ARMCA was instrumental in passing Minnesota’s Off-Highway Motorcycle (OHM) registration and funding bills in 1993 and 1994, and more recently created a Trail Rider division to encourage non-competition rider membership.
ARMCA says it recognizes that public trails are crucial to the long-term future of dirt bike riding, and that rider involvement through organized clubs is essential to development of public trails. As a result, the organization encourages non-member riding enthusiasts to join and support the sport.
Learn more at www.armca.org.
Learn To Ride Dirt
Dirt riding skills are different from street skills. Interested in off-road riding but don’t have a clue how to start? DirtBike Tech, based in the Twin Cities, has been delivering dirt bike training for over 10 years and offers courses suitable for riders of all experiences.
Taught by coaches who are MSF-Certified, the classes are designed to develop the mental and physical skills necessary to fully enjoy off-highway motorcycling.
The Basic Dirt Bike School and Family Dirt Bike School offer the basic skills of starting, stopping, turns, clutch control and advanced skills of riding while standing, weight shifting for traction, lower body control for turns, surmounting obstacles, traversing hill, etc. The course is a prerequisite for all students wishing to enroll in Intermediate and Advanced classes.
Participants in the Youth Dirt Bike School must be 6-11 years of age, able to ride a bicycle, reach and operate the controls, and touch both feet to the ground when seated on the bike. The class accommodates up to four students and a parent or adult is required to attend and be an active participant in the six-hour class.
Intermediate Dirt Bike School provides the opportunity to practice the skills you learned in the Basic class with guidance and individual coaching while trail riding more adverse terrain, and the Advanced Dirt Bike School will include lessons in advanced off-road techniques on even more adverse terrain and surface conditions.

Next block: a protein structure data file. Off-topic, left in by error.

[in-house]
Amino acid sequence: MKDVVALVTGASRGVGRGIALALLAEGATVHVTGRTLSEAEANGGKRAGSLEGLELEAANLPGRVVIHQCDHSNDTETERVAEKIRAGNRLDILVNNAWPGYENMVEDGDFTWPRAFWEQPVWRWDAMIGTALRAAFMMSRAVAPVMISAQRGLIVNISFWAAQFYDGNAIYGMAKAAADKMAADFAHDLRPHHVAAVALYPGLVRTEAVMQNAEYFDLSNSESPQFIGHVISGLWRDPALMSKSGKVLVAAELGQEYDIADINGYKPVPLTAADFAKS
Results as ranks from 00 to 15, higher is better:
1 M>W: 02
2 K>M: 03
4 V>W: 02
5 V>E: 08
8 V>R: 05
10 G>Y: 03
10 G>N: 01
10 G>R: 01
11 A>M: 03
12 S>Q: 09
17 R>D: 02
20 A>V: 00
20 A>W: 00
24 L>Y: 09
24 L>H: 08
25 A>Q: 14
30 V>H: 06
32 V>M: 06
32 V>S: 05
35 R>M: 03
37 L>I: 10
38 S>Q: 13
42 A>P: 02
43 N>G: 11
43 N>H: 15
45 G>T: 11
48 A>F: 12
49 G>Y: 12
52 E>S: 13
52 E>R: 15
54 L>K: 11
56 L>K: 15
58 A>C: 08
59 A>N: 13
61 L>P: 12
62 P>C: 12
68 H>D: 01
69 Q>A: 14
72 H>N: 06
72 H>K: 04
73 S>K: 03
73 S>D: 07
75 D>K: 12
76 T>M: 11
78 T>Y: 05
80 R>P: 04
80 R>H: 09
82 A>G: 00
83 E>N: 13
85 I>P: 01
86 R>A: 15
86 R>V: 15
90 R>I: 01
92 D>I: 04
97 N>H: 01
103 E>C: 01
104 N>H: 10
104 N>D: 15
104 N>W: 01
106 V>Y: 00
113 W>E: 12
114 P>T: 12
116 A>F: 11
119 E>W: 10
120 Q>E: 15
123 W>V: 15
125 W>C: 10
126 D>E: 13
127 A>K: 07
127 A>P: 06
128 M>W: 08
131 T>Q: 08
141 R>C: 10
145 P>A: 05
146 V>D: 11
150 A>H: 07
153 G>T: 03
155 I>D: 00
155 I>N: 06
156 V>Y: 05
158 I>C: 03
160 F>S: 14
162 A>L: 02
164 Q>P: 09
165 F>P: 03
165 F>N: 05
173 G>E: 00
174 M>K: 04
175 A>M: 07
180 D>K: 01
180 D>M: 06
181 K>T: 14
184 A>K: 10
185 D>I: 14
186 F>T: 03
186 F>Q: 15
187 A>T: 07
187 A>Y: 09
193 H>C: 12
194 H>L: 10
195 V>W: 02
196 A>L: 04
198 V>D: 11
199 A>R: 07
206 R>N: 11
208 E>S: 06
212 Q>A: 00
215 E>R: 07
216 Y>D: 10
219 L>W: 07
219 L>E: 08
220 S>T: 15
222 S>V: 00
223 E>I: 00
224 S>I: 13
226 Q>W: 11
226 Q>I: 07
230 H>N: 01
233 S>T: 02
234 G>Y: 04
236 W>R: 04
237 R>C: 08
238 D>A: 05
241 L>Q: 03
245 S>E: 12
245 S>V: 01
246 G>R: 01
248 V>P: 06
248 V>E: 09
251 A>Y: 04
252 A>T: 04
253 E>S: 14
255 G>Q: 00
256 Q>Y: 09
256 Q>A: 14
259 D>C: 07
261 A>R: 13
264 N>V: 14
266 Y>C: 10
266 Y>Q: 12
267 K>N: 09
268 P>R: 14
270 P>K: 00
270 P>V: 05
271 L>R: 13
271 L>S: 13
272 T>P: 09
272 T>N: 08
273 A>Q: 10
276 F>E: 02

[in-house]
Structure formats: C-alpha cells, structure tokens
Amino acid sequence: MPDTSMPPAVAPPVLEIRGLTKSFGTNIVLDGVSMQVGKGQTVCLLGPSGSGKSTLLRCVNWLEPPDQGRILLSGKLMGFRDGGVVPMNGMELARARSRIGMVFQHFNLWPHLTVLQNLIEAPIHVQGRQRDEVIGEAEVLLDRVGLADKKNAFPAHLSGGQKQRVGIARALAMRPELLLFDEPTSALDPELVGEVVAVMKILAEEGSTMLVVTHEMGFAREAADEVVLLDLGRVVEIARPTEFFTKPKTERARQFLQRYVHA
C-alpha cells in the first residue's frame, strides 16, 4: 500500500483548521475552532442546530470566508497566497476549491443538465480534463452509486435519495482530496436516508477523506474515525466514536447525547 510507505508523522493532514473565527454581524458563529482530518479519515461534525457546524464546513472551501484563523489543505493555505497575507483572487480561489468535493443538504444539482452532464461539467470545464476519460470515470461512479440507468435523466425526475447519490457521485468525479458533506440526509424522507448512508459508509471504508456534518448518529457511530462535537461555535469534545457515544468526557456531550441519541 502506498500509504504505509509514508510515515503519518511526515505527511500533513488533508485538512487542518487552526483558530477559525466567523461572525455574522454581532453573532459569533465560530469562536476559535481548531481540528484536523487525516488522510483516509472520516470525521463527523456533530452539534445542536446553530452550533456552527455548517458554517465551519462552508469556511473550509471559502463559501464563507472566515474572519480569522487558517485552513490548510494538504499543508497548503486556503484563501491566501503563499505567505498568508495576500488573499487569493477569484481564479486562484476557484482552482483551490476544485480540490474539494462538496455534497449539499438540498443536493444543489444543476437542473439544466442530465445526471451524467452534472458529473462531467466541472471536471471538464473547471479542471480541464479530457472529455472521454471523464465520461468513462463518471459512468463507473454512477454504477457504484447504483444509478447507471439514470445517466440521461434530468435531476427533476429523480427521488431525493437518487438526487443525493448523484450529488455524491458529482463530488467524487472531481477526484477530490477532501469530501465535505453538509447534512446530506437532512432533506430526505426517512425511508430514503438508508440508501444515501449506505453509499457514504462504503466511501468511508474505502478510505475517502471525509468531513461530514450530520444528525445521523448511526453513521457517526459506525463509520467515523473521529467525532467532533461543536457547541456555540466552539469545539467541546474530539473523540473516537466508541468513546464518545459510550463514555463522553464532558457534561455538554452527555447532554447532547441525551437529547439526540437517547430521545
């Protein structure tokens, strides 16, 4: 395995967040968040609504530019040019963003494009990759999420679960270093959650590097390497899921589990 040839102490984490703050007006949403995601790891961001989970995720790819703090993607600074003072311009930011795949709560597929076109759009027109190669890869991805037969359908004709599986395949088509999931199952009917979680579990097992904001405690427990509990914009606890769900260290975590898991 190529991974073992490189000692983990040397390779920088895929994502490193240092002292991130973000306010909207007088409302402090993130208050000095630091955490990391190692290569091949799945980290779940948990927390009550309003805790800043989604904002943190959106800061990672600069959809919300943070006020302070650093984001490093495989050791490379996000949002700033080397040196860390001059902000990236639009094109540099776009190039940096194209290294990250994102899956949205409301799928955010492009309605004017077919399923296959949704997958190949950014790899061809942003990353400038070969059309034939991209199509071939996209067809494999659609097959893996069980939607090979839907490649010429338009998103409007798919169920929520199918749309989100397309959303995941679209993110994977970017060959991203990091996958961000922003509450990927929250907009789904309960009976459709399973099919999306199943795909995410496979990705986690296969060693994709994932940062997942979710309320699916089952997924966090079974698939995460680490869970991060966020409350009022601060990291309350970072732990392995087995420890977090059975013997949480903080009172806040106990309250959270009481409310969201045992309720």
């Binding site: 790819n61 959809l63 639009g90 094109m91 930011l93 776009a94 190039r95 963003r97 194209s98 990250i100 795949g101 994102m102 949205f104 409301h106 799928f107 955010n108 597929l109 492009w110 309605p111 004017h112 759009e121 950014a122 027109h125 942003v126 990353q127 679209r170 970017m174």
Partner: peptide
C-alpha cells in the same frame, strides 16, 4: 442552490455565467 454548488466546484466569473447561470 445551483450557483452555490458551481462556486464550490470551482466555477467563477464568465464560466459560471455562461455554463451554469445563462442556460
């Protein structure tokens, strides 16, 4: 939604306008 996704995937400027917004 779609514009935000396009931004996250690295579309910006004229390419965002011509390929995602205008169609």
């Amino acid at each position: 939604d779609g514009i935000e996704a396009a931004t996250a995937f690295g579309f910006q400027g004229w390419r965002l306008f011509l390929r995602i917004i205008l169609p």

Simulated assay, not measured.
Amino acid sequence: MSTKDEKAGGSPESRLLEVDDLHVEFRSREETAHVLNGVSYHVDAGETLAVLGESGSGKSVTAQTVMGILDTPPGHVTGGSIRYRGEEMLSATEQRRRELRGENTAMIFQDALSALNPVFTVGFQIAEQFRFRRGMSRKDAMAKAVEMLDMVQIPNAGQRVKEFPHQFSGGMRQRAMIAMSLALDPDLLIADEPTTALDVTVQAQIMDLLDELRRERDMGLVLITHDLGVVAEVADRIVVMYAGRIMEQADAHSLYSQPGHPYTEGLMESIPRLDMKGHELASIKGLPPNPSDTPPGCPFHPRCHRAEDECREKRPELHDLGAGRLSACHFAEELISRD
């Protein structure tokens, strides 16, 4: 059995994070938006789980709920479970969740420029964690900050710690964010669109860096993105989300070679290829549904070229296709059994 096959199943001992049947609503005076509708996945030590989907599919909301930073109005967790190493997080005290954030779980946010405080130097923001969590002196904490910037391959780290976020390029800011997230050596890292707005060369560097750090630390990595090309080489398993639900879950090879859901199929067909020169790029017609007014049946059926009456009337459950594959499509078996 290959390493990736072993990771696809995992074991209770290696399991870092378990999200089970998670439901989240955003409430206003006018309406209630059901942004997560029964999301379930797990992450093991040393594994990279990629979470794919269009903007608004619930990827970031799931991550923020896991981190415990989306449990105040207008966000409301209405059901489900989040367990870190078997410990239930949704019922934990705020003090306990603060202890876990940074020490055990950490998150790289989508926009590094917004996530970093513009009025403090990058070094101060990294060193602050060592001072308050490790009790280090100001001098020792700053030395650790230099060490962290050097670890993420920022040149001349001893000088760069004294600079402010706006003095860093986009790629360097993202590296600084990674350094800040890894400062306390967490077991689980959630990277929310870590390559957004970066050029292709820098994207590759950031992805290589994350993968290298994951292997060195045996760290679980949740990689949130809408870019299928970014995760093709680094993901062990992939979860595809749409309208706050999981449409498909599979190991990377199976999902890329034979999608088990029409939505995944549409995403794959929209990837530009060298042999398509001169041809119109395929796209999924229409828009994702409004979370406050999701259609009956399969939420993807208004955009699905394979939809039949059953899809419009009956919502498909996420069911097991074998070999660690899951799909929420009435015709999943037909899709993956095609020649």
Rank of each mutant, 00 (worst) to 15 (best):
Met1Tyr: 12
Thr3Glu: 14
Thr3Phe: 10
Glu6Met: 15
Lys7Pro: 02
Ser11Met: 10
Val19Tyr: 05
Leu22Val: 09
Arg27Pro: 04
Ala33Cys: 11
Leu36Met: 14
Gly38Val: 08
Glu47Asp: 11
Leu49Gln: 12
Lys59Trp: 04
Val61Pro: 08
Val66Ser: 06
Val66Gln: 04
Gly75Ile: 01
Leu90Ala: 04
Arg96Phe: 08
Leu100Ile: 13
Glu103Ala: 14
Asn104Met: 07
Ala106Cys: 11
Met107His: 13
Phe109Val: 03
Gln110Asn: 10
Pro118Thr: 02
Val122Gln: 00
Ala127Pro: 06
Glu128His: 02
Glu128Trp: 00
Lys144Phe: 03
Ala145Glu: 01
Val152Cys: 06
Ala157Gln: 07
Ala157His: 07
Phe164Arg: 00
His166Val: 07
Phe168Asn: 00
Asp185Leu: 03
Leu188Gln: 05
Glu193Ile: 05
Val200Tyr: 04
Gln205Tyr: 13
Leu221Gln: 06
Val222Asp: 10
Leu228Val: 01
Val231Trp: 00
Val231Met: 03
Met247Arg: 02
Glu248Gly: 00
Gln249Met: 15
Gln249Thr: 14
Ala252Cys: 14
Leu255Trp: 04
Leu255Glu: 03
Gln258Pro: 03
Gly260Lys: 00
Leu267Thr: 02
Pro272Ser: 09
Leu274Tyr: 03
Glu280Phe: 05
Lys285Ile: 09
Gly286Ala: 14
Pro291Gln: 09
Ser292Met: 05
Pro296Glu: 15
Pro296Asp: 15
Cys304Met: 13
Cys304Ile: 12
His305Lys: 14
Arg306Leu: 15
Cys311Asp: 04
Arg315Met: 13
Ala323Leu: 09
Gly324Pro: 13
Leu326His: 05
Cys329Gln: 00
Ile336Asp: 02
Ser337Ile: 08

DirtBike Tech currently holds courses at the primary site in Forest Lake, as well as in Gilbert and Henderson. Class tuition is $125 per person and classes typically last about eight hours. The Basic Dirt Bike School, Youth and Family courses are all offered from April to September. The Intermediate and Advanced classes are offered upon demand.
DirtBike Tech offers motorcycles for rent ($50) but you may use your own bike if it passes an inspection.
Want to learn more? Visit www.DirtBikeTech.com
Off-Road Riding in MN
So you’re interested in off-highway motorcycles (OHMs) but don’t know where to ride. Generally, you may operate an OHM on private land with the landowners’ permission, on frozen public waters where access is not restricted by law or local ordinance, or on public lands and trails that are posted as open to OHMs.
No OHMs may operate in State Parks or National Parks, but State and National Forests do allow limited use and there are a couple of special off-road riding areas.
State Forest lands are traditionally open to off-road motorcycles from May 1 through November 1. State Forest lands are classified as either: Managed, where no vehicle use is permitted; Limited, where motor vehicle use is permitted unless posted closed; or Closed, where no OHVs are permitted, except that OHVs may operate on frozen public waters.
Paul Bunyon State Forest / Martineau Off-Highway Motorcycle Trails
Location: From Walker, 10 miles west on Hwy 34 to Hwy 64, then north 5.5 miles to trail marker.
Nemadji State Forest
Location: From Holyoke, Co. Rd. 145 to Harlis Rd., 4.5 miles.
Chengwatana State Forest
Location: From Pine City go 4 miles northeast on Co Rd 9,
then 9 miles east on Co. Rd. 10/Chengwatana Forest Road
to parking lot.
St. Croix and the Nemadji State Forests / Gandy Dancer Trail
Location: From Hinckley go east on Hwy. 48, then north on Co. Rd. 173 to Tamarack Forest Road.
General CC Andrews State Forest
Location: From Willow River, north on Co. Rd. 61, 2 miles,